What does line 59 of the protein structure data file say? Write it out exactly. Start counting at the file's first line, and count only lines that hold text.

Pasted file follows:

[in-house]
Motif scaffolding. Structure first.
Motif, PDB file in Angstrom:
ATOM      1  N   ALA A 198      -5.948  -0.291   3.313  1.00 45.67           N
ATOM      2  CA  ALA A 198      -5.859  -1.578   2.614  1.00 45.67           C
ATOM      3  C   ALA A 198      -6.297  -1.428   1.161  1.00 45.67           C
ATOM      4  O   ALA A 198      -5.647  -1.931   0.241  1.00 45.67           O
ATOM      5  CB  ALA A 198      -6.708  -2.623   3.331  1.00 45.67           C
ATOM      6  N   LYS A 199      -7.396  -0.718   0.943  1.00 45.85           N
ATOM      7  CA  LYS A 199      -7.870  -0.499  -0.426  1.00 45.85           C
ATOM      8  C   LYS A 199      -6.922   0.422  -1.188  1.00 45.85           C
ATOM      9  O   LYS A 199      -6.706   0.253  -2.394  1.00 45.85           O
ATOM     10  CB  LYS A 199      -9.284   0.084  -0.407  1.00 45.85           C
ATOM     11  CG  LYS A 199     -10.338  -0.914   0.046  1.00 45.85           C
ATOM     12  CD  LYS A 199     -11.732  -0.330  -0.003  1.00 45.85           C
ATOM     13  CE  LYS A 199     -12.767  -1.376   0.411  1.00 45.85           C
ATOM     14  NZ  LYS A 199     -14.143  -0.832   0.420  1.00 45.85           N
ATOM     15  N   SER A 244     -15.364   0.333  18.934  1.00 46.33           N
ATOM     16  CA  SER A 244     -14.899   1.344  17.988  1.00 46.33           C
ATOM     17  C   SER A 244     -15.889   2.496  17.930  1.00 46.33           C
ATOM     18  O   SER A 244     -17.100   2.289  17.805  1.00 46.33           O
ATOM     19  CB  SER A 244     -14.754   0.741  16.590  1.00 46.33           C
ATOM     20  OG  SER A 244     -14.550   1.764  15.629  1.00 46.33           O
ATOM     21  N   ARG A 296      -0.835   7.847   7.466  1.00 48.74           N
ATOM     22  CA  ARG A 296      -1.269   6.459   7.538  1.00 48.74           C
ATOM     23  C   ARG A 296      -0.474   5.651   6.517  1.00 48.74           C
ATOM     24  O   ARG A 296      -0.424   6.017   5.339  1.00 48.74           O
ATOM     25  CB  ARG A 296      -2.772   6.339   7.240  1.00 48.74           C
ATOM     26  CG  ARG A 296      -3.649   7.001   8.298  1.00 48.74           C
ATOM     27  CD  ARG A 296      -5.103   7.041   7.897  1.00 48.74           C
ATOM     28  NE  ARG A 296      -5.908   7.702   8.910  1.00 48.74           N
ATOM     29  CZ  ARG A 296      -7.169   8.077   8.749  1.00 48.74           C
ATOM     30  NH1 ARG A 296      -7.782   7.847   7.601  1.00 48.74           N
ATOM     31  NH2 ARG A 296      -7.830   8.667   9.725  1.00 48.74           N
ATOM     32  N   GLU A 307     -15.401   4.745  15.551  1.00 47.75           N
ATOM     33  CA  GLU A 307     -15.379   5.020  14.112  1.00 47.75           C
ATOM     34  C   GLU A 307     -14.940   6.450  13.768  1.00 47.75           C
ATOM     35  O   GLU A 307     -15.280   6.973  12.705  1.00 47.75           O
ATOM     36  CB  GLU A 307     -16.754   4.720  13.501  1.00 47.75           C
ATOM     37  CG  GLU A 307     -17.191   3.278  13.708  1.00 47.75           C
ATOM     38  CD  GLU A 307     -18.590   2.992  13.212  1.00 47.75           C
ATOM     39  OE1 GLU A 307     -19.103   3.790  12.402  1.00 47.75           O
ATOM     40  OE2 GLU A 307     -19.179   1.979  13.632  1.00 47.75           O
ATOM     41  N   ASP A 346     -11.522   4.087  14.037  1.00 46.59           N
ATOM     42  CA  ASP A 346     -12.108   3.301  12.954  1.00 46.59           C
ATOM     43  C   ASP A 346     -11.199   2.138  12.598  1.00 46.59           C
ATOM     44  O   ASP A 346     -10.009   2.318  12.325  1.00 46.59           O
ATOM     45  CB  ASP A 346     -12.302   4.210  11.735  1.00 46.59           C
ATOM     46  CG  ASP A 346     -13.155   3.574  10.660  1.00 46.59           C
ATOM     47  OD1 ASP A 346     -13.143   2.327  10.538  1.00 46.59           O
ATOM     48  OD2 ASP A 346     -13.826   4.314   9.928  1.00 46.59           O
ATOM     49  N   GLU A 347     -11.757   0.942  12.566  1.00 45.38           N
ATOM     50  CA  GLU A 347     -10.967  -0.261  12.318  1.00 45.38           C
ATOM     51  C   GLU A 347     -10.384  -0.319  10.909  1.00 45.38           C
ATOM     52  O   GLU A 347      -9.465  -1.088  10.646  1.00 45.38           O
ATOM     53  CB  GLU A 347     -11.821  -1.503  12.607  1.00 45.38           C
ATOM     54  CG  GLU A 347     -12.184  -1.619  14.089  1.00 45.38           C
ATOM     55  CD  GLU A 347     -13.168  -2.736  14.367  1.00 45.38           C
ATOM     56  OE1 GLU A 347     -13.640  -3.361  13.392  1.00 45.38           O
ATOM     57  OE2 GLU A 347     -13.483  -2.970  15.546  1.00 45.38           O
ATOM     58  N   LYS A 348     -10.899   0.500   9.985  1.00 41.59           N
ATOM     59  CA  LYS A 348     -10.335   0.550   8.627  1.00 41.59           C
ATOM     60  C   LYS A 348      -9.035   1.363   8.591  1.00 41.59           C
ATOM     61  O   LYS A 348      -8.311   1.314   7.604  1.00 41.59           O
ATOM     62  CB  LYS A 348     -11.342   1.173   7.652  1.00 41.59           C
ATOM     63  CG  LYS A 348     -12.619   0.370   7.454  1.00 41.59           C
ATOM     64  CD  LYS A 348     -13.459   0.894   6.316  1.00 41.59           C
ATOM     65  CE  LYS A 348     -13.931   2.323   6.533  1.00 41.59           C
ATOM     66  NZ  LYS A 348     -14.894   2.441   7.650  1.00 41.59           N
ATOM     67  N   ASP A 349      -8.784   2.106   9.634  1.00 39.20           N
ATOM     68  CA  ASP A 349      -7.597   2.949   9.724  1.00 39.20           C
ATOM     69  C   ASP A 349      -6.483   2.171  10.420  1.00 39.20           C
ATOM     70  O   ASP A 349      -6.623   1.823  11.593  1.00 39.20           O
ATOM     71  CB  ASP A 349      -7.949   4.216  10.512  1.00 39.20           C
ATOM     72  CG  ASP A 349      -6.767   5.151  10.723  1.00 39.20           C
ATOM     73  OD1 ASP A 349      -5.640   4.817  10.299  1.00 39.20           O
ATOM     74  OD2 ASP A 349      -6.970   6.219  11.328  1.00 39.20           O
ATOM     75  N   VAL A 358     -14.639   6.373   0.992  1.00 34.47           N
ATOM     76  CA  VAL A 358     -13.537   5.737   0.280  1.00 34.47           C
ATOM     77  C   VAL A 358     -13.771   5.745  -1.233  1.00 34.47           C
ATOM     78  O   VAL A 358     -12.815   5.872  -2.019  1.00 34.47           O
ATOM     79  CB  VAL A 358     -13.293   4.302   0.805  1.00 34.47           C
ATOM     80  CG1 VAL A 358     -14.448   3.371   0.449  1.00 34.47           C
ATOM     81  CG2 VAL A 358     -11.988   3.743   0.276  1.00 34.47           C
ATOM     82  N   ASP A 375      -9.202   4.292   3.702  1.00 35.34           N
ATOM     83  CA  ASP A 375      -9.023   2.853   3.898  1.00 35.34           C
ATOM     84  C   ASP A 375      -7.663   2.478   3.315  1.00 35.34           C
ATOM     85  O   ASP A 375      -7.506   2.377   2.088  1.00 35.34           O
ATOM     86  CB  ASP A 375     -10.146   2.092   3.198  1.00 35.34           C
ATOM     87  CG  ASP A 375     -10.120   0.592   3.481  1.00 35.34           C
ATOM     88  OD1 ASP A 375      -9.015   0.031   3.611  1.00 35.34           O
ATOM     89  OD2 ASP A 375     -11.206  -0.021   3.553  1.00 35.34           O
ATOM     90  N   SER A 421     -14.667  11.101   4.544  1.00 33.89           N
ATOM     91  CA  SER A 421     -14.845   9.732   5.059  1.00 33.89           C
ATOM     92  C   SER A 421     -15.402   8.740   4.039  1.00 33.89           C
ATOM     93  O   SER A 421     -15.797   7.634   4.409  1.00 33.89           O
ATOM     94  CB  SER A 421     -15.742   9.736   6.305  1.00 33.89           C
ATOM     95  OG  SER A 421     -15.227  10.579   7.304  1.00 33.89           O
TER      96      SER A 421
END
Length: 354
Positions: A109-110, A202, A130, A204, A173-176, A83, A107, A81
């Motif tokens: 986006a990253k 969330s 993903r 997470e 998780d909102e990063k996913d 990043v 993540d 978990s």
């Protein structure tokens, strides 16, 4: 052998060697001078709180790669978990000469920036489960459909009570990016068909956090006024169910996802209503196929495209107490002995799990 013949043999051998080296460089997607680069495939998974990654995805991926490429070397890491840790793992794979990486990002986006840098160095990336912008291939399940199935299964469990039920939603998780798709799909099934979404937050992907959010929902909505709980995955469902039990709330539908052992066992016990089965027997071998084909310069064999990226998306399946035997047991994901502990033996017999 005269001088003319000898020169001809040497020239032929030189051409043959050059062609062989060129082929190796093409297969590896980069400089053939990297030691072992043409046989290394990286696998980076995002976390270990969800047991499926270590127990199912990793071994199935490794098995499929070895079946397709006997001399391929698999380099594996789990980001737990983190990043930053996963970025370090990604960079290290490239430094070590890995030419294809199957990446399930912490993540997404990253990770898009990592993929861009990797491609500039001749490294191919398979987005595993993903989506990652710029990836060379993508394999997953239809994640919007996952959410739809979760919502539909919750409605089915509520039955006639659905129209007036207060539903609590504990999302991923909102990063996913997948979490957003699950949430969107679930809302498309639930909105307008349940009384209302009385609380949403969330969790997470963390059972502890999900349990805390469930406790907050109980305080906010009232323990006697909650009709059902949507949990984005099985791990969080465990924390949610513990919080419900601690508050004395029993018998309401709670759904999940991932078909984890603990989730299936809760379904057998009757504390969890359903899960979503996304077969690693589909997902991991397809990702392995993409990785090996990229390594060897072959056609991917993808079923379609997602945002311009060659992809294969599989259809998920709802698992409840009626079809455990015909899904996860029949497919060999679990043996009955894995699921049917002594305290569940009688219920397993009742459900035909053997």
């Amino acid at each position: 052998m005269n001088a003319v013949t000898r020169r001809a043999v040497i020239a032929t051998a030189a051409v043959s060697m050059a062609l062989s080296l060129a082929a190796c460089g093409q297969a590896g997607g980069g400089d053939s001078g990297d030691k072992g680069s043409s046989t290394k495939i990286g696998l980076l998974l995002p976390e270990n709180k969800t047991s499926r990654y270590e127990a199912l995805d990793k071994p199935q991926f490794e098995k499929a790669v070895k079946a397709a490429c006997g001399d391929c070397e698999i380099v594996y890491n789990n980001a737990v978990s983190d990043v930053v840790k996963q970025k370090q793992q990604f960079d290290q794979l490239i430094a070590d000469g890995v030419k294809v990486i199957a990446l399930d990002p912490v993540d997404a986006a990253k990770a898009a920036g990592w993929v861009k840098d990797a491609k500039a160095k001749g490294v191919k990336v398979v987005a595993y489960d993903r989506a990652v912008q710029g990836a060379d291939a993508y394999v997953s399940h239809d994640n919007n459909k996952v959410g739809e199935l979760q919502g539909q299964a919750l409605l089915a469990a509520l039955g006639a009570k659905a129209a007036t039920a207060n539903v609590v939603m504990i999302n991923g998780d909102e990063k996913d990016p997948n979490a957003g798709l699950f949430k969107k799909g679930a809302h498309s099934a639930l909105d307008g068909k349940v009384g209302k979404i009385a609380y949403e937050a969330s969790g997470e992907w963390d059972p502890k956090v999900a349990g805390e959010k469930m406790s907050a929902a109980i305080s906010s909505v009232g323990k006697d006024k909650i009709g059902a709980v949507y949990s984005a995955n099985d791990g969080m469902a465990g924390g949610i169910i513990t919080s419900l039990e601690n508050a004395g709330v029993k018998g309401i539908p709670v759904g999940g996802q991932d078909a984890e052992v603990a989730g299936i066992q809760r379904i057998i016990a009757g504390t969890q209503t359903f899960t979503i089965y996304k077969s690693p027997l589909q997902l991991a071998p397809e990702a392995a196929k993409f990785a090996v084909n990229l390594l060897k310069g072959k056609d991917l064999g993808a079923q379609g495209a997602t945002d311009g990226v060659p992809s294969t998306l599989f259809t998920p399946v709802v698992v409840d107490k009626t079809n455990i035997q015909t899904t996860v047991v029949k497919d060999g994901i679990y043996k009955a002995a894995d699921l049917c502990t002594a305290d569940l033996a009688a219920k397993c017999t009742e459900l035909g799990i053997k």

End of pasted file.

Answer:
ATOM     56  OE1 GLU A 347     -13.640  -3.361  13.392  1.00 45.38           O